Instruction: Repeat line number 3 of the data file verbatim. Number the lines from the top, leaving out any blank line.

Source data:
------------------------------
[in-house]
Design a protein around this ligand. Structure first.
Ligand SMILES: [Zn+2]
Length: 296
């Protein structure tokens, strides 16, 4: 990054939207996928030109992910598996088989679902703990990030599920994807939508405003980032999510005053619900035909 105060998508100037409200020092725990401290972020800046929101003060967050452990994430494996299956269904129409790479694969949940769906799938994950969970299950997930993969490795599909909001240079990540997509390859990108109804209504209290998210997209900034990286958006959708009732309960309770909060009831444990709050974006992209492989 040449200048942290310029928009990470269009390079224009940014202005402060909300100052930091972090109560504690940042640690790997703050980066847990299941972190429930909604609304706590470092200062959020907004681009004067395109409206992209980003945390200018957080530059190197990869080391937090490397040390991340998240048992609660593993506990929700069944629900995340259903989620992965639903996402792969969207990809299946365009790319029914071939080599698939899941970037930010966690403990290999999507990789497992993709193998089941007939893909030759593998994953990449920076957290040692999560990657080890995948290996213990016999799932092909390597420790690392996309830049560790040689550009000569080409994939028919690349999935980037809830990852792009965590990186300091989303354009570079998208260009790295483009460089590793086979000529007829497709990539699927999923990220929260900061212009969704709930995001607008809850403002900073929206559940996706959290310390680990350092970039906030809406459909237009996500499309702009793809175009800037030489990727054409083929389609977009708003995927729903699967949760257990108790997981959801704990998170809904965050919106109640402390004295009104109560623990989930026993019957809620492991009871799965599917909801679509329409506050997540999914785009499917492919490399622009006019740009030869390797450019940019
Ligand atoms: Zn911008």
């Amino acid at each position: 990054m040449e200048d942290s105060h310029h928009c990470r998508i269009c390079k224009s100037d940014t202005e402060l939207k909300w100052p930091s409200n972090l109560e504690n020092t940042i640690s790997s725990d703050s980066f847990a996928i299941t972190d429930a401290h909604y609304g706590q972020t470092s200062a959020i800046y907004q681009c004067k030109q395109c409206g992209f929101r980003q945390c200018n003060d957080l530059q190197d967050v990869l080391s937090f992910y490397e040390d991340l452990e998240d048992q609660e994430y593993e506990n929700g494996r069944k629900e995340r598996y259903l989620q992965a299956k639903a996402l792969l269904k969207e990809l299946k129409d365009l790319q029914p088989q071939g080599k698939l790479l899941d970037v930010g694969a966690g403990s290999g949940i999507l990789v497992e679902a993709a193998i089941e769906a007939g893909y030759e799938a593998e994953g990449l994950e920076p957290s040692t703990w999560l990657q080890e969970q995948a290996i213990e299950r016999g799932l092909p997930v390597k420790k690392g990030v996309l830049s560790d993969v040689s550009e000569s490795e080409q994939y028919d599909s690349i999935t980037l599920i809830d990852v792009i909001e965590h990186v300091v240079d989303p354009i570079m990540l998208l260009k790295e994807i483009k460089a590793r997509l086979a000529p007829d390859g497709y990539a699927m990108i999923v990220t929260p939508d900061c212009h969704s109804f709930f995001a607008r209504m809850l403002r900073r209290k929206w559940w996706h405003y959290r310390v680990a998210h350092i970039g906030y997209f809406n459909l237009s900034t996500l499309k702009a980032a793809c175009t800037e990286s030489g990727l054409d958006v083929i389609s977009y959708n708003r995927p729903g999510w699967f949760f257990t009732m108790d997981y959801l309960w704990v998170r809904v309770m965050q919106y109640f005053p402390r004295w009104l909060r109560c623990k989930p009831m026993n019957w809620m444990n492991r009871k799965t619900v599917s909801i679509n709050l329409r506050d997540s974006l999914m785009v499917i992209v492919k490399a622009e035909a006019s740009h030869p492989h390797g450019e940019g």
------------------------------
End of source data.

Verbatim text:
Ligand SMILES: [Zn+2]